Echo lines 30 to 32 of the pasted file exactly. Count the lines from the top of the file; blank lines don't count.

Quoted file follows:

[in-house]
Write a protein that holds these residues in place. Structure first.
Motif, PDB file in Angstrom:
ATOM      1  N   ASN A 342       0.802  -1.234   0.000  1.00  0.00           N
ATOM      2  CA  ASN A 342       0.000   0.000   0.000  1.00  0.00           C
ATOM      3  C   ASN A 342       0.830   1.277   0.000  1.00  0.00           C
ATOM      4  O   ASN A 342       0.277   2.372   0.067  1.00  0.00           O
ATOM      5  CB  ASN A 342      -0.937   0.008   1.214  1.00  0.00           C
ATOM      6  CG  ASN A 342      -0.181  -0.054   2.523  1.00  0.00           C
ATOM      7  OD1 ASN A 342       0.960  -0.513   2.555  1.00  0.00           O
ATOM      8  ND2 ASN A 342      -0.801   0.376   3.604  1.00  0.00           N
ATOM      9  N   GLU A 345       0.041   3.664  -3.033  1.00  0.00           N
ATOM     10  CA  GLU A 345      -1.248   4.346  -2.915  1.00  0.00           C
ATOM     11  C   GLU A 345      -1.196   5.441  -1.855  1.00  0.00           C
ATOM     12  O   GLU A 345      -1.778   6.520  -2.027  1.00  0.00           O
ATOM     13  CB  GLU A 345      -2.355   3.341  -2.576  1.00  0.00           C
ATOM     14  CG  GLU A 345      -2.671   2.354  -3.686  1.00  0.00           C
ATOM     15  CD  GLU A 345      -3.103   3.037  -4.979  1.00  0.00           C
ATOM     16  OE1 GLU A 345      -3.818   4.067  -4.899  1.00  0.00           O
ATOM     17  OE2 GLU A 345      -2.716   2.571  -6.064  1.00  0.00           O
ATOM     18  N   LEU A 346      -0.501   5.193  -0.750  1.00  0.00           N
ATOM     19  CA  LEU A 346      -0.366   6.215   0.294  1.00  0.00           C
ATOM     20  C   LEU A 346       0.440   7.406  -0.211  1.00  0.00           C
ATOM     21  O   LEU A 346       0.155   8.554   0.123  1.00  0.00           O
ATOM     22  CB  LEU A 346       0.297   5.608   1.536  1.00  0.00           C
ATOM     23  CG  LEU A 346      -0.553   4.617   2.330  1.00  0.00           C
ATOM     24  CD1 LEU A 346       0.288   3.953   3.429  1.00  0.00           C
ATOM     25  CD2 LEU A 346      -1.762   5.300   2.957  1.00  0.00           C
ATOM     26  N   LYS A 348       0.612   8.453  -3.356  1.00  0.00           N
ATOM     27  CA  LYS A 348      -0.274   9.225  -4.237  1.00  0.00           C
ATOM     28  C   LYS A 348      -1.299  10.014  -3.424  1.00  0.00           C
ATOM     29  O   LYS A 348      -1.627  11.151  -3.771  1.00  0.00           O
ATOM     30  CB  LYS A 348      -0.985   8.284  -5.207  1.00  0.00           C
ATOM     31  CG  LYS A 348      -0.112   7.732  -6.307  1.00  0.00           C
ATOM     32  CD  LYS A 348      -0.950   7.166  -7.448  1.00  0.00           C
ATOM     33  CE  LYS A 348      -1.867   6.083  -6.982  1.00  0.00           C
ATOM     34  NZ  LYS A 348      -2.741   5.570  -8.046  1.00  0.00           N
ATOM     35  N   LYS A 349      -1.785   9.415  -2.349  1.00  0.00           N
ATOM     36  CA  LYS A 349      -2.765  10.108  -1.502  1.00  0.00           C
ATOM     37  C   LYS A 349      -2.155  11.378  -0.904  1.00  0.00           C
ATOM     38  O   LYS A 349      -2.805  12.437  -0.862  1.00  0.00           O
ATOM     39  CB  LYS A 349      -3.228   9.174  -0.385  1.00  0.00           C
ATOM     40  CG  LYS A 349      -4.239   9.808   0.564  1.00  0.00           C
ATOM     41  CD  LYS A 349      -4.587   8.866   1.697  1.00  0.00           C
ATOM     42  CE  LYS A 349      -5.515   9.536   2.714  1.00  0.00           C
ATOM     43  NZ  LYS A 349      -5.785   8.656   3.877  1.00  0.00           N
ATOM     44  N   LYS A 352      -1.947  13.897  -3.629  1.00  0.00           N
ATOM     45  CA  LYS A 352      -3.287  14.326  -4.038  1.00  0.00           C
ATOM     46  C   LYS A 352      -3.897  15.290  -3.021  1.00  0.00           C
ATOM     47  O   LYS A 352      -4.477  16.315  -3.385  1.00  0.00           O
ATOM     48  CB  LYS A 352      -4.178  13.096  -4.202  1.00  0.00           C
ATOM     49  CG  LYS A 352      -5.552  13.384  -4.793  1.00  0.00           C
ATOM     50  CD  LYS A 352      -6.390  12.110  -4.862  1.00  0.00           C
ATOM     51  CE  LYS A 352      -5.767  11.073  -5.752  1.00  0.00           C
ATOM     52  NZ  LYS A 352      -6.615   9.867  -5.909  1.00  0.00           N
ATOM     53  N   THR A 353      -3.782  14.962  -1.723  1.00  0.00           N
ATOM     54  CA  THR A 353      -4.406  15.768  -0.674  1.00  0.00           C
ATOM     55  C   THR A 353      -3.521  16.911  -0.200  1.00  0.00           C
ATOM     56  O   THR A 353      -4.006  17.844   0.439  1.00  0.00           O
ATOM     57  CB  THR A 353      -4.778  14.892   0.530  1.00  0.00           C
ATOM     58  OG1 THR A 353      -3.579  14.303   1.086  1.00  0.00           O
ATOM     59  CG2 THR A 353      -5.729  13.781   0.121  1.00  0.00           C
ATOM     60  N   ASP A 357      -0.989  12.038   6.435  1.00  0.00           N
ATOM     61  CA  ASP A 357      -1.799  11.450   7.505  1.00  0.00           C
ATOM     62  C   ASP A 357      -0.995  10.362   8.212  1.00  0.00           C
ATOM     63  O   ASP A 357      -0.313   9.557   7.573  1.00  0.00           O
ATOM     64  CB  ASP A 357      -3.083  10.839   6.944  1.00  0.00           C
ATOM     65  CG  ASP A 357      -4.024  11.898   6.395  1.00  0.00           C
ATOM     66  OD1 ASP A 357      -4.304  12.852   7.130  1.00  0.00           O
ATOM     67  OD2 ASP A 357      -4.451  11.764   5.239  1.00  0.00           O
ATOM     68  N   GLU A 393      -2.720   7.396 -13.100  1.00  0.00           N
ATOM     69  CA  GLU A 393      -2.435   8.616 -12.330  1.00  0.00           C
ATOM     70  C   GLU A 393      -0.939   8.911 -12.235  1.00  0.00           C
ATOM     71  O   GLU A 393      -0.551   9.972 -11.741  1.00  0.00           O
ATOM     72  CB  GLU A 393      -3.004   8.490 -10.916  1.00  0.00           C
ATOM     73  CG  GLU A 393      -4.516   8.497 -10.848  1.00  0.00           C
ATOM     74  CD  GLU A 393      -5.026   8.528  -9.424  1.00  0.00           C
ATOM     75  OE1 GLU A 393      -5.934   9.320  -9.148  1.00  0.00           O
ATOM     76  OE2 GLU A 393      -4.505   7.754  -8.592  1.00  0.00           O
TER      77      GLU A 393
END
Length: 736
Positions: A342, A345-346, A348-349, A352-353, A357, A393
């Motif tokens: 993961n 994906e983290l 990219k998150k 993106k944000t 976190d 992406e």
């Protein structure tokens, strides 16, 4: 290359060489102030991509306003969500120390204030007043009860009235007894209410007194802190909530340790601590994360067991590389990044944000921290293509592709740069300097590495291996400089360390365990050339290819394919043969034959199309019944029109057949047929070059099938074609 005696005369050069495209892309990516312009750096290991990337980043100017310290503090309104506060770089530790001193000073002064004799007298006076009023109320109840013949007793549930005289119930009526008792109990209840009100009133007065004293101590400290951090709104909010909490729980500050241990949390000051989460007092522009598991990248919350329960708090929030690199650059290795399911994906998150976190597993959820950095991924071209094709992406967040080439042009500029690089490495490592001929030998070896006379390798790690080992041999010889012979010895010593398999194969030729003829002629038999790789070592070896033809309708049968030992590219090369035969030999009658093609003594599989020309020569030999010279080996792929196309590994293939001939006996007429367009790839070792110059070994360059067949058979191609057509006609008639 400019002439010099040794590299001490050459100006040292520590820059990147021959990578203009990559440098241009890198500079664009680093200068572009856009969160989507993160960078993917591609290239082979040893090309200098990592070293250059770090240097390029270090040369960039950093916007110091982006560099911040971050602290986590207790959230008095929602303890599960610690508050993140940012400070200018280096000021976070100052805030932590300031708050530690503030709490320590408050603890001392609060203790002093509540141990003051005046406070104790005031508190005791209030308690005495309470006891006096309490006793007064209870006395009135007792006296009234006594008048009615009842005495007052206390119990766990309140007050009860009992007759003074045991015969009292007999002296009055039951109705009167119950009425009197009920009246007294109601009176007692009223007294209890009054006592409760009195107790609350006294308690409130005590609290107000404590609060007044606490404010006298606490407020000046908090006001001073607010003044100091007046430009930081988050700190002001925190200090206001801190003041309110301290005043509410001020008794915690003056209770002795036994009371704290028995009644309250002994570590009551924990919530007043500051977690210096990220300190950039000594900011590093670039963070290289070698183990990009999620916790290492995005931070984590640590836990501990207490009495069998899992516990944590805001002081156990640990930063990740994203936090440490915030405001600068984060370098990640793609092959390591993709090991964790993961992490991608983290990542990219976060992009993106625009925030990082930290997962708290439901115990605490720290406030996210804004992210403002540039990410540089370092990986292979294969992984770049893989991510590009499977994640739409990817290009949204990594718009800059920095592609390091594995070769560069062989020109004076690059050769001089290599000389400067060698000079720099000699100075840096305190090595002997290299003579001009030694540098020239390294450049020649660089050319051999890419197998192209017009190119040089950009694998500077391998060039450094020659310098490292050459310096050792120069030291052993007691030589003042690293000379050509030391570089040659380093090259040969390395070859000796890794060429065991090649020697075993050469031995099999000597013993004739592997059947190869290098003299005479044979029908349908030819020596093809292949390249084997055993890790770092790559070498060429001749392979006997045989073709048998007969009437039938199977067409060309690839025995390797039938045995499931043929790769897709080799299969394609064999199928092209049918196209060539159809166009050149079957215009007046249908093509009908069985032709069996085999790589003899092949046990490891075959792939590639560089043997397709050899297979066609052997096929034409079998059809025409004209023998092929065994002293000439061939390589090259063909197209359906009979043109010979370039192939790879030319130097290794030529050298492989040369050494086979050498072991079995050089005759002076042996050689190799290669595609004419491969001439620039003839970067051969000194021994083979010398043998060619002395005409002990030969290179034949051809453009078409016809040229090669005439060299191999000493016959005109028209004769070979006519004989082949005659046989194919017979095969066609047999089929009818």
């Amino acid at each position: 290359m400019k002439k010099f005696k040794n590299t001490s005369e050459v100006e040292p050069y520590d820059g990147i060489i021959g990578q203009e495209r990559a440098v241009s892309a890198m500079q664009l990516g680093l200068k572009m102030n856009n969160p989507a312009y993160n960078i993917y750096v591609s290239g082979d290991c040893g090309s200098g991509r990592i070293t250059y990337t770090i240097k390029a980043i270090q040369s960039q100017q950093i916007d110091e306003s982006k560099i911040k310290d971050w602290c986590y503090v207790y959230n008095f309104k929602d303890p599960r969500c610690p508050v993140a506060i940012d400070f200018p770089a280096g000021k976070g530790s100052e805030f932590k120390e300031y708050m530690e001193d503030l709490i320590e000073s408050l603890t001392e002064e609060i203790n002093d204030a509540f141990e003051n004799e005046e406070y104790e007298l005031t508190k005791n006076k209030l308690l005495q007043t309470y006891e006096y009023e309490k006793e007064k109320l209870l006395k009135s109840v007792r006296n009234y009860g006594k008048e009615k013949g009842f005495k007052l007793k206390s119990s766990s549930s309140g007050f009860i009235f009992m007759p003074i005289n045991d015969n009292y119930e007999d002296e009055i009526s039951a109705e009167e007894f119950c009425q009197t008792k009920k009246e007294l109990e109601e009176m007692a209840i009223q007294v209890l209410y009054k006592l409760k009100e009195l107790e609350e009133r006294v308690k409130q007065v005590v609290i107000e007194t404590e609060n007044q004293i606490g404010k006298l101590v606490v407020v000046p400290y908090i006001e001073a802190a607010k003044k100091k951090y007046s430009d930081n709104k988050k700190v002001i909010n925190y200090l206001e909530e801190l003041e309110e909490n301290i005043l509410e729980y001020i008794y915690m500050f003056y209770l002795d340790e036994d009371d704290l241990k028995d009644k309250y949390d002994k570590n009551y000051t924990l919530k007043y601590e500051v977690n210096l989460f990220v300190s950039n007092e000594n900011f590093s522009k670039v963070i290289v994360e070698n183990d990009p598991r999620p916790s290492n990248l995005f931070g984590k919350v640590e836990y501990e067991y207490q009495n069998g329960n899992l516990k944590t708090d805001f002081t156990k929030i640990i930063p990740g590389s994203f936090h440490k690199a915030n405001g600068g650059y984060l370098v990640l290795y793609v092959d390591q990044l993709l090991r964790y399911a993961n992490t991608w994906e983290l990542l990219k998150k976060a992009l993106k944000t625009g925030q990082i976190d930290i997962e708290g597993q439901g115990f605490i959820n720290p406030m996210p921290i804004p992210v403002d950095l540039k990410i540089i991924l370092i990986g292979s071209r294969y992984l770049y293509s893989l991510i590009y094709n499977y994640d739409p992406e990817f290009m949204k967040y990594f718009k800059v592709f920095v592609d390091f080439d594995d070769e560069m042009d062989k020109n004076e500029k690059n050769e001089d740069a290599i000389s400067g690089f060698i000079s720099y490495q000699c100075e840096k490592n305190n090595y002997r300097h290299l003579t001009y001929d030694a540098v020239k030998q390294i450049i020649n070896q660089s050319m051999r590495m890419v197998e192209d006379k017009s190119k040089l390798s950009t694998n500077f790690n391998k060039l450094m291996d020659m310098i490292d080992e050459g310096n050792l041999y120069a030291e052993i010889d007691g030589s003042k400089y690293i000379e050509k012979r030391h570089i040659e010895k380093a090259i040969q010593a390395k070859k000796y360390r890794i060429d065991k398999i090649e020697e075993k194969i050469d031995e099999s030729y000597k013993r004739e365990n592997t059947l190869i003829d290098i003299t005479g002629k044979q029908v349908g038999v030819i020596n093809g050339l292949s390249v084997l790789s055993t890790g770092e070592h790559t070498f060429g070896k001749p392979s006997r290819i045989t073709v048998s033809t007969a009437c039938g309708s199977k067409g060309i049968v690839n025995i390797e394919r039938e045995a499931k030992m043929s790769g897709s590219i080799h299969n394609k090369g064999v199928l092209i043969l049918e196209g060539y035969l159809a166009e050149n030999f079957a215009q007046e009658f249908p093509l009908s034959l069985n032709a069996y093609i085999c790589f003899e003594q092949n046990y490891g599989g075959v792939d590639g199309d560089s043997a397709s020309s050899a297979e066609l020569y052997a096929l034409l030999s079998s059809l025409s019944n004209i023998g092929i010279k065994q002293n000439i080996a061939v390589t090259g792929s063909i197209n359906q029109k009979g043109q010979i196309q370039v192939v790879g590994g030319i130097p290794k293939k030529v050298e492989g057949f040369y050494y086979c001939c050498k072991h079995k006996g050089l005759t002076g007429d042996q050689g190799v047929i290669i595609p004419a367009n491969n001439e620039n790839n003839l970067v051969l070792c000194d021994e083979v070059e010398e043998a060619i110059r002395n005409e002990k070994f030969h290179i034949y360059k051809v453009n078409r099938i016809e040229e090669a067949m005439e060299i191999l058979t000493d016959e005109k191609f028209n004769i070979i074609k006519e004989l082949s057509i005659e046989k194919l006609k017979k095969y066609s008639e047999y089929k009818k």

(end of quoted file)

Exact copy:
ATOM     27  CA  LYS A 348      -0.274   9.225  -4.237  1.00  0.00           C
ATOM     28  C   LYS A 348      -1.299  10.014  -3.424  1.00  0.00           C
ATOM     29  O   LYS A 348      -1.627  11.151  -3.771  1.00  0.00           O